This is why I’m a big proponent of therapy. The quicker you can get them to that self-actualization of realizing what it is for you because what lights you up, isn’t gonna take away your fire. Like if anything, it ignites it. So like me and chasing the wrong end didn’t make me more business savvy. It made me burn out.
Now I know that my time is better spent on podcasts than Instagram. I only learned that by going on podcasts and realizing what happened after.
So I showed up and what it did to my energy and dah, dah, dah, dah, and also discovering that you know, maybe this one version of life I thought I wanted, I don’t know if I want it anymore because why would you want the thing you wanted ten years ago?
You have changed.
And if you haven’t, crazy.
And this is just like, if you don’t want to shift your goal, then you’re still gonna have to put in the work. It’s just gonna have to happen somewhere else. And this is what we see a lot with them, for some reason like doing sales calls is no longer in Vogue. I can’t quit.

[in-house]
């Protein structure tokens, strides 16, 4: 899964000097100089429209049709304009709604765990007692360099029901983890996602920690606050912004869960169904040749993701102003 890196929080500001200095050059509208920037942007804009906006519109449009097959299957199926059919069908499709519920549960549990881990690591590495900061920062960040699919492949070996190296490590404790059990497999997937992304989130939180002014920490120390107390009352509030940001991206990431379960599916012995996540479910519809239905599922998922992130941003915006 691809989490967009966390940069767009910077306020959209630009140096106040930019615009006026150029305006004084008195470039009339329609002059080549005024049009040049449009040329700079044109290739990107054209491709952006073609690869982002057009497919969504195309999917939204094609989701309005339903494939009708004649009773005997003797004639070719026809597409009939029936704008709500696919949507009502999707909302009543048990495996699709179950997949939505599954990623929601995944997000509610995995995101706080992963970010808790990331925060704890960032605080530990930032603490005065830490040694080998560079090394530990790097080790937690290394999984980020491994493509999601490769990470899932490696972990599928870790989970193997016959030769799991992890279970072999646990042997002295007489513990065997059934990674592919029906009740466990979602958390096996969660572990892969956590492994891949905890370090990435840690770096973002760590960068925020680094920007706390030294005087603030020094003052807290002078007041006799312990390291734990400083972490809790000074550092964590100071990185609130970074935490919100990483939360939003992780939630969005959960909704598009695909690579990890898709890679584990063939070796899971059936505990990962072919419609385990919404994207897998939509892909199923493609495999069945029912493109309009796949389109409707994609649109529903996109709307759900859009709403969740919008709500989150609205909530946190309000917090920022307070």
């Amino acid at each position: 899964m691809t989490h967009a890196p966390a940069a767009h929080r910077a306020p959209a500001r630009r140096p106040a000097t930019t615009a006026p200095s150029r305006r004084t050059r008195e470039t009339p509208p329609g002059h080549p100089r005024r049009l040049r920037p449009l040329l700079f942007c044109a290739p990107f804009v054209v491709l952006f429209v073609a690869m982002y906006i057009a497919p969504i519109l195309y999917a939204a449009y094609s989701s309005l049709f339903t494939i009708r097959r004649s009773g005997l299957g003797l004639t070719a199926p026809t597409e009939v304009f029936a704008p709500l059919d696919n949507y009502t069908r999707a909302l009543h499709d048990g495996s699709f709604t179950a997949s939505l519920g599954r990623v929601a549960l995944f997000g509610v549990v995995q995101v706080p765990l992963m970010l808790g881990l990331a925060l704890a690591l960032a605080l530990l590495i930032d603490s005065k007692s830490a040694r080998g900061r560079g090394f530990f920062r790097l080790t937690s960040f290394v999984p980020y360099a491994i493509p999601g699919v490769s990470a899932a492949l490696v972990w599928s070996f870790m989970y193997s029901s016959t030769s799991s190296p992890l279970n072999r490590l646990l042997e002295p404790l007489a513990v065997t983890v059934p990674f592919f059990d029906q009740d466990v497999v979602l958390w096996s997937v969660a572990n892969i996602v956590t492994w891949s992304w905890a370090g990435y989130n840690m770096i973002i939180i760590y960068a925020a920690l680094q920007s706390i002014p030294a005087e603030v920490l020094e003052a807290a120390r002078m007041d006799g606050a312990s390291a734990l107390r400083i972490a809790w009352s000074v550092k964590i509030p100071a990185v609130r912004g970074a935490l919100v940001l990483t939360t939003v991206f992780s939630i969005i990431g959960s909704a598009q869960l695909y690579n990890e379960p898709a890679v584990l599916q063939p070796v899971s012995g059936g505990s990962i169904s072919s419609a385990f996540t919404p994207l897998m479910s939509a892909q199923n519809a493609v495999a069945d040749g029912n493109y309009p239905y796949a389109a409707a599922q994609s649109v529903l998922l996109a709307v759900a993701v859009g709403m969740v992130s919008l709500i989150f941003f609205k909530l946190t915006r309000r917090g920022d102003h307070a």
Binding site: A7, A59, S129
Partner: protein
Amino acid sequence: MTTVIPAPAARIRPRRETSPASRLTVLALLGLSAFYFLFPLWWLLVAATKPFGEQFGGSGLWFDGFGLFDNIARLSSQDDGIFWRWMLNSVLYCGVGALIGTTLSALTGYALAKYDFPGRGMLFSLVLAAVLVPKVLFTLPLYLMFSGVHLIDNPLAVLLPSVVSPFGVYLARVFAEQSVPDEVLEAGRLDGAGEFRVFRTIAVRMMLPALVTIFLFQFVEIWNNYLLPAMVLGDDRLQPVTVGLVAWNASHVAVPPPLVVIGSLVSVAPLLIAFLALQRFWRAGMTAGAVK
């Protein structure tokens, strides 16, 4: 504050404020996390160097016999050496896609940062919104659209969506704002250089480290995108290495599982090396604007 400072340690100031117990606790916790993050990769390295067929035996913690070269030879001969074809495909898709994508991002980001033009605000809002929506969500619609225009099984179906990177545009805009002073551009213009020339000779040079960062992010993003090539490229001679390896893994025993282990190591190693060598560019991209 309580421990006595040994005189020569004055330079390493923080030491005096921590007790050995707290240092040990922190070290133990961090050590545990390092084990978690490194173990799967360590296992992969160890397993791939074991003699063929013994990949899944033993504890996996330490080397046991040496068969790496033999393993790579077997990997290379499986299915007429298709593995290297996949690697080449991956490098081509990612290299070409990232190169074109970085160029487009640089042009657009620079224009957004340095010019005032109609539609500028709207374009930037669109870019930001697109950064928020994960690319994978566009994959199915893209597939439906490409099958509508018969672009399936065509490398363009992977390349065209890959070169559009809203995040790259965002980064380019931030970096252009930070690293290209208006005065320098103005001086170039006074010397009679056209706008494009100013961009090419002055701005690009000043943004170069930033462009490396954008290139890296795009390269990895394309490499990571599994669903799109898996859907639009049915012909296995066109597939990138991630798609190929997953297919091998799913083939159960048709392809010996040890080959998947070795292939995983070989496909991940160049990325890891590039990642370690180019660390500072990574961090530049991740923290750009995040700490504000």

Everyone’s trying to avoid doing sales calls. Why?
Anyway, I put up a question about sales calls and we’re gonna be doing an episode on this, on my Instagram, and of course, I was like, what do you think about taking payment on sales calls? And of course, I got the one DM and I love the girl who it’s from, and I think she watches the social. (Hi, I love you, you rock) but she was like, “or don’t do sales calls at all, and just close high figure clients like anyway”, smiley face.
And I was like, yes, and, you know, it’s not that those clients are magically just coming to you out of nowhere because you’re so awesome, and you know, you’re selling hats to Jackie O and inventing microsuede, like our friend Halston, but it’s that you’re doing webinars. Like you are actively getting in front of these new communities who can pay your fees and making the pitch. And then, they get into your DMS, they get into your email. Like this is long tail.
I had somebody when I made my post about LinkedIn that I know about proposals. Which I now regret, because now everyone was like, “aren’t you the anti-proposal lady?”
And I’m like, no, yes, no. I’m not anti proposals, y’all. I’m just a simple proposal lady. Anyway, let’s get it right, okay.